The journey to get there however, was EXHAUSTING. Every year, through tireless fundraising efforts, we scraped together enough money to finance transportation for the 2 hour drive up to Sonora, California. What was the mode of transportation? The big blue school bus that could. It wasn’t the most updated vehicle. I remember feeling the engine straining as we traveled up the winding mountain roads (with million dollar views, mind you), while the kiddos with motion sick tummies expelled their queasiness into gallon Ziploc bags. I remember feeling so “done” with the trip even before we got off the bus.

All of the stress and exhaustion always took a dramatic turn for the better when we unloaded the bus, stood on solid ground, and inhaled the crisp mountain air. Things continued to improve when the camp staff and parent chaperones took charge of the program and activities. The teachers could get back to their regularly scheduled breathing.

gold camp
Teacher BFFs 9 years ago. Stuck on the big blue bus.

The ground rules were set, including the most important one. Our fearless camp leader made it known right away.  

“There will be NO What are we gonna…? or When are we gonna?… questions. Ever. Don’t even try to re-frame your questions to not sound like those kinds of questions.”

Best educational rule ever. I sometimes forget how powerful and simple the concept is. Let people (and little ones) enjoy their time as it happens. A schedule is set in place as a guide, but it is not meant to be a spoiler.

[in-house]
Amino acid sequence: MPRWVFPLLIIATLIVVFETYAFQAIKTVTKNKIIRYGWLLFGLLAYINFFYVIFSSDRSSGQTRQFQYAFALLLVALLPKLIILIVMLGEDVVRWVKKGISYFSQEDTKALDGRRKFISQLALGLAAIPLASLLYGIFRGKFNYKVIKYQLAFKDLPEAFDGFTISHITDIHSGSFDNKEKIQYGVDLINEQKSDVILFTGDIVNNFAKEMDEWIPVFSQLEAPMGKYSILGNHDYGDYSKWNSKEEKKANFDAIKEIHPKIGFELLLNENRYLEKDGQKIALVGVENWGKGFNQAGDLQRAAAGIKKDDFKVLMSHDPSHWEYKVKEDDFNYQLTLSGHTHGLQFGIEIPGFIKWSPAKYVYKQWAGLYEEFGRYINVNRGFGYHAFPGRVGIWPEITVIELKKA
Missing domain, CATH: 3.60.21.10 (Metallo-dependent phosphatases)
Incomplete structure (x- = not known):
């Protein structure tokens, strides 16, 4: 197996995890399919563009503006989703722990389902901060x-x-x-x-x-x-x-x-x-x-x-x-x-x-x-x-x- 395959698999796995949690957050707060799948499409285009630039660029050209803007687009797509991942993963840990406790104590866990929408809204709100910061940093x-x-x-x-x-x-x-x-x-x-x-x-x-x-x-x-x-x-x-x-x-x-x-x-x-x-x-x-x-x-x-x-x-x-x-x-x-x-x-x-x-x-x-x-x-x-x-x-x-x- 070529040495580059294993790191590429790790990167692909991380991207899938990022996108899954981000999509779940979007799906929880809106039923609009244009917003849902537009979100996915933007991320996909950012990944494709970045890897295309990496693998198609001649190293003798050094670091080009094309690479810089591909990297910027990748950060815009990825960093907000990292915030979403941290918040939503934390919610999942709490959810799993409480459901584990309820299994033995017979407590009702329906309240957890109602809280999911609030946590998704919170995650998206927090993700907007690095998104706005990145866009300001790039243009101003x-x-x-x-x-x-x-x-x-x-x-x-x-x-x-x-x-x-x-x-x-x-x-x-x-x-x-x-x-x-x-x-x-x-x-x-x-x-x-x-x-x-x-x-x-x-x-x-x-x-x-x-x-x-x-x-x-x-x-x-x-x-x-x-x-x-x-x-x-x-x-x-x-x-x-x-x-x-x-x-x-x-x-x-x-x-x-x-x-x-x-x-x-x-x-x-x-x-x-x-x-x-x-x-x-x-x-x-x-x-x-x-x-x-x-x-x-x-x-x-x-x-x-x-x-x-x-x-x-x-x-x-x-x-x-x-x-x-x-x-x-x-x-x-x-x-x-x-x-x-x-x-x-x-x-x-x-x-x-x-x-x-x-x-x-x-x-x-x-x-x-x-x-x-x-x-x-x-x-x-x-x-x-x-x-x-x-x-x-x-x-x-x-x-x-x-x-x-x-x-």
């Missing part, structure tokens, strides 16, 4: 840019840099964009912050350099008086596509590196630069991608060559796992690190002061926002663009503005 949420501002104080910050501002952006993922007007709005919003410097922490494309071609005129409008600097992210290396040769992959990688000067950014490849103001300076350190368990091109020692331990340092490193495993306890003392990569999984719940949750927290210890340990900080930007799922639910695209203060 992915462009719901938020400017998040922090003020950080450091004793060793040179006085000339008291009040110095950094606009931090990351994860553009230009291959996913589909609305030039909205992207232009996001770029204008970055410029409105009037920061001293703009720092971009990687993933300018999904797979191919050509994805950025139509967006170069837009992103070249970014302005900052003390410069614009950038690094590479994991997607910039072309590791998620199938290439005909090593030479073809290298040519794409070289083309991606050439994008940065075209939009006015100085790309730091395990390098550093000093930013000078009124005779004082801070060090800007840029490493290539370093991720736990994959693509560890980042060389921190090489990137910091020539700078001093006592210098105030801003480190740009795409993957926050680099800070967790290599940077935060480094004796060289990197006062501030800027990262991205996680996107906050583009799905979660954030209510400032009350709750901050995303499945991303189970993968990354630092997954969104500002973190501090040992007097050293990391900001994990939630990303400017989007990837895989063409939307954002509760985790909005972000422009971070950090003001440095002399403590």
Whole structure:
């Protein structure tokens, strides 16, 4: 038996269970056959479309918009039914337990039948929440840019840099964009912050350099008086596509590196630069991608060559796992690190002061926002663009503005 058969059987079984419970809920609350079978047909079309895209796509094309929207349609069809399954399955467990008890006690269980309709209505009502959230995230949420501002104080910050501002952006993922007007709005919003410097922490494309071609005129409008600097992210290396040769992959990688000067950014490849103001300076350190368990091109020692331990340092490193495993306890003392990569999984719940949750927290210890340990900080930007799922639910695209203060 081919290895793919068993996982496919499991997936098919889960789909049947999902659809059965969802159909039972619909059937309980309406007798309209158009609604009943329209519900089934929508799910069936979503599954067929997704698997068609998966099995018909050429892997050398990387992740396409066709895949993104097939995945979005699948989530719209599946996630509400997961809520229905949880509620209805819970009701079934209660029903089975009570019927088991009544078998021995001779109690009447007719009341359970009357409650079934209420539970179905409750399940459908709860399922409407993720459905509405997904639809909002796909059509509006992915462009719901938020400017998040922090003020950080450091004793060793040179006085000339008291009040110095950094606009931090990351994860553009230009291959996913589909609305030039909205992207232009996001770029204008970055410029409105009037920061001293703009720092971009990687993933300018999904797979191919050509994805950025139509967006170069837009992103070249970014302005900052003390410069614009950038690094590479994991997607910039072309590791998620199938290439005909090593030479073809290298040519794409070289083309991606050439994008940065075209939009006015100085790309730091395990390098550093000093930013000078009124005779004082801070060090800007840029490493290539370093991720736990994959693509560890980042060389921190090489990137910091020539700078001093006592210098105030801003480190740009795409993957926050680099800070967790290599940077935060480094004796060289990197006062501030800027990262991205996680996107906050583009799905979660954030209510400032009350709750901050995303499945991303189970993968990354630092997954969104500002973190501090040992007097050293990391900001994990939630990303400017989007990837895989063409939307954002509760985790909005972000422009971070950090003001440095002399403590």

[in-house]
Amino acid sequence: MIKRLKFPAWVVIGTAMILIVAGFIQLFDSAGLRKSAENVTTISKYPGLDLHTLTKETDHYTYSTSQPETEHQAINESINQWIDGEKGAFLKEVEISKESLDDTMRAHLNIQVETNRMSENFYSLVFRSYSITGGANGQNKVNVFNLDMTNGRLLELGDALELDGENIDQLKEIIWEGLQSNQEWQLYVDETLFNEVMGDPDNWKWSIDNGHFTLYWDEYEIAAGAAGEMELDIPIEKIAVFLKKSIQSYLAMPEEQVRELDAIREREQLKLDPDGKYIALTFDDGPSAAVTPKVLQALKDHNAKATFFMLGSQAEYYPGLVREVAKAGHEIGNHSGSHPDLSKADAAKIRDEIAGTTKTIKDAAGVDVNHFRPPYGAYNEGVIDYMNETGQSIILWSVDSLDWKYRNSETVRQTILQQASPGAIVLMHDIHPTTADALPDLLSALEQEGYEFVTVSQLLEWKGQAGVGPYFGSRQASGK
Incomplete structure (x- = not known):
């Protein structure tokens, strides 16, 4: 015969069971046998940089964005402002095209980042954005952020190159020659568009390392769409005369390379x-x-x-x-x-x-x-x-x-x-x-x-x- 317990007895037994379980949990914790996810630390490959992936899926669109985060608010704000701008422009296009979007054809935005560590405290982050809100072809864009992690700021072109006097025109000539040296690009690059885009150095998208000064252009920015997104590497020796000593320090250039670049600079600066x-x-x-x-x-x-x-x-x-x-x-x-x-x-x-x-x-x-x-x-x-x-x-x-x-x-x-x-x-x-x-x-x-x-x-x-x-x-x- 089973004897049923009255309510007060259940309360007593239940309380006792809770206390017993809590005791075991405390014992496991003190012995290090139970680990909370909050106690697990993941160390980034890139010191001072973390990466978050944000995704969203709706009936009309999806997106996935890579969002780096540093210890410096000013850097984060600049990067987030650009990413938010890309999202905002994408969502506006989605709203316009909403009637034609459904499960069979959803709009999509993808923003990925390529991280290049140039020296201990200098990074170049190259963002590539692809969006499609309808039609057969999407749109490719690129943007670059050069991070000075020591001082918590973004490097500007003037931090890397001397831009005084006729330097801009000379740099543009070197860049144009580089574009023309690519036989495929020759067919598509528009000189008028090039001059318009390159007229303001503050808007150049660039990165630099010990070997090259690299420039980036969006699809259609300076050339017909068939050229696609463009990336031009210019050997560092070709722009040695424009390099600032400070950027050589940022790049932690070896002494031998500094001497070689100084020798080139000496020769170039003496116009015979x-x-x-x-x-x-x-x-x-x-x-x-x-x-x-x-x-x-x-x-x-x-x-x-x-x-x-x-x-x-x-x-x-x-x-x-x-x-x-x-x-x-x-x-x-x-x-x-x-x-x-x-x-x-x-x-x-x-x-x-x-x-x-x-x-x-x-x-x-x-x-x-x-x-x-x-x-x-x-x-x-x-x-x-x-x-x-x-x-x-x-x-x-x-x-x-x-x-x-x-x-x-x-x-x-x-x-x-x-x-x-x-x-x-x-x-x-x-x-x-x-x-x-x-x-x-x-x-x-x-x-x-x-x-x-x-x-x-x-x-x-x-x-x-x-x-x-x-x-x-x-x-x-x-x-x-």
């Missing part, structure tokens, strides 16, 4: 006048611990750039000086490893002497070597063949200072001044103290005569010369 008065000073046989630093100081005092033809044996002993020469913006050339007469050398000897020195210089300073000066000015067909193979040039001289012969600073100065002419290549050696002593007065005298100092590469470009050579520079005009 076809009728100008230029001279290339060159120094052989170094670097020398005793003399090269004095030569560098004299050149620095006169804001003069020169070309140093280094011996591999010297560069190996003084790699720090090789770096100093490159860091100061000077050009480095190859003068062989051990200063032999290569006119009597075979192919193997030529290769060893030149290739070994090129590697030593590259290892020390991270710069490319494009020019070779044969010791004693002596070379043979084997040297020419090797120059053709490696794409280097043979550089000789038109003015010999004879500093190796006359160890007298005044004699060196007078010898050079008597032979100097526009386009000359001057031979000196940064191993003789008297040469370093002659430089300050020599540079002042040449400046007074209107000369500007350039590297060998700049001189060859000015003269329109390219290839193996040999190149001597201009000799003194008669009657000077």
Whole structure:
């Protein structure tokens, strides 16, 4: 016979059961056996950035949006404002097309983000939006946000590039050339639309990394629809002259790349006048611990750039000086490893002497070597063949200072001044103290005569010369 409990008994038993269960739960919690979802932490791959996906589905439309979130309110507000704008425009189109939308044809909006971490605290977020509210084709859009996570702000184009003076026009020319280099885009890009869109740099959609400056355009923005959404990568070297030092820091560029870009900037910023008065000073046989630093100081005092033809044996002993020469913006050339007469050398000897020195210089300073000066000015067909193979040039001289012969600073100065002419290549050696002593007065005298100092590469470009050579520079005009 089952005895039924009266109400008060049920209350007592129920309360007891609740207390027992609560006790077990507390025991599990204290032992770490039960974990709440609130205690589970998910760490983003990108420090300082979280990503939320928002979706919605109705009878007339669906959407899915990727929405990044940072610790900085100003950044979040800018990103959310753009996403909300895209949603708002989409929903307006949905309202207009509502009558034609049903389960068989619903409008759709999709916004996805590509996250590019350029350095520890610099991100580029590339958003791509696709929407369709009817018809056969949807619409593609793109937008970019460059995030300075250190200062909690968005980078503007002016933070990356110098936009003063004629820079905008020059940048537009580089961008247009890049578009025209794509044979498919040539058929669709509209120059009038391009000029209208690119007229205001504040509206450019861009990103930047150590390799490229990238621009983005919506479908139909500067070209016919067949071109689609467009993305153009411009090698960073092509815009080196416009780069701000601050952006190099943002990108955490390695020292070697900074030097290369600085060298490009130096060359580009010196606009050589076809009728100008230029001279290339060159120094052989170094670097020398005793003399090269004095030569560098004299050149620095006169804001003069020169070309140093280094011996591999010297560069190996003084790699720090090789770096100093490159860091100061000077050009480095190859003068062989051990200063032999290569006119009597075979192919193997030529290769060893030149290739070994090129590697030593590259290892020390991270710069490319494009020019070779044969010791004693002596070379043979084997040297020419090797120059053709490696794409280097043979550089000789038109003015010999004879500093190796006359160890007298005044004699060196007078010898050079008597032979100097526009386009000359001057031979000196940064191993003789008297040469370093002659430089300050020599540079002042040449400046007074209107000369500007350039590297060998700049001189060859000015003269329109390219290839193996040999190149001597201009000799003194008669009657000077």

I too, followed the advice over the duration of camp and I was able to enjoy it so much more. I learned something new along with the kids every year. The scenery kept my calm levels in check even though I was in the midst of the most stressful field trip of the year. I will never forget the amazing sights and sounds, even during the muddy and rainy years. Nelson’s Columbia Candy Kitchen? YES. Keep in mind though, another ground rule was to not buy the baseball sized jawbreakers as your Gold Camp souvenir. The vistas and feeling of accomplishment after the ditch hike will be a forever memory in mental teacher file. Columbia State Park Cemetery walk? My favorite.

Maintaining the delicate balance of anticipation of what’s to come, and suffering over what you can’t control is a hard thing to do. I struggle with it all the time, through milestones and small moments. Then I remember Gold Country. I remember living in the now, even back then, because that was all I could do in the moment. 

I’ll remember this happy place as a fun, yet stressful memory in my career. I’ll also remember that sometimes I can’t allow myself to ask, “What are we gonna?….” or “When are we gonna?”.

I’ll find out. Everyone will.

Until then…

Maybe I’ll plan a family trip up to The Queen of The Southern Mines sometime soon.


 

http://www.sonoraca.com/

 

https://www.columbiacandykitchen.com/

 

https://www.visitcalifornia.com/attraction/columbia-state-historic-park

 

https://www.gocalaveras.com/location/california/gold-country/murphys-california/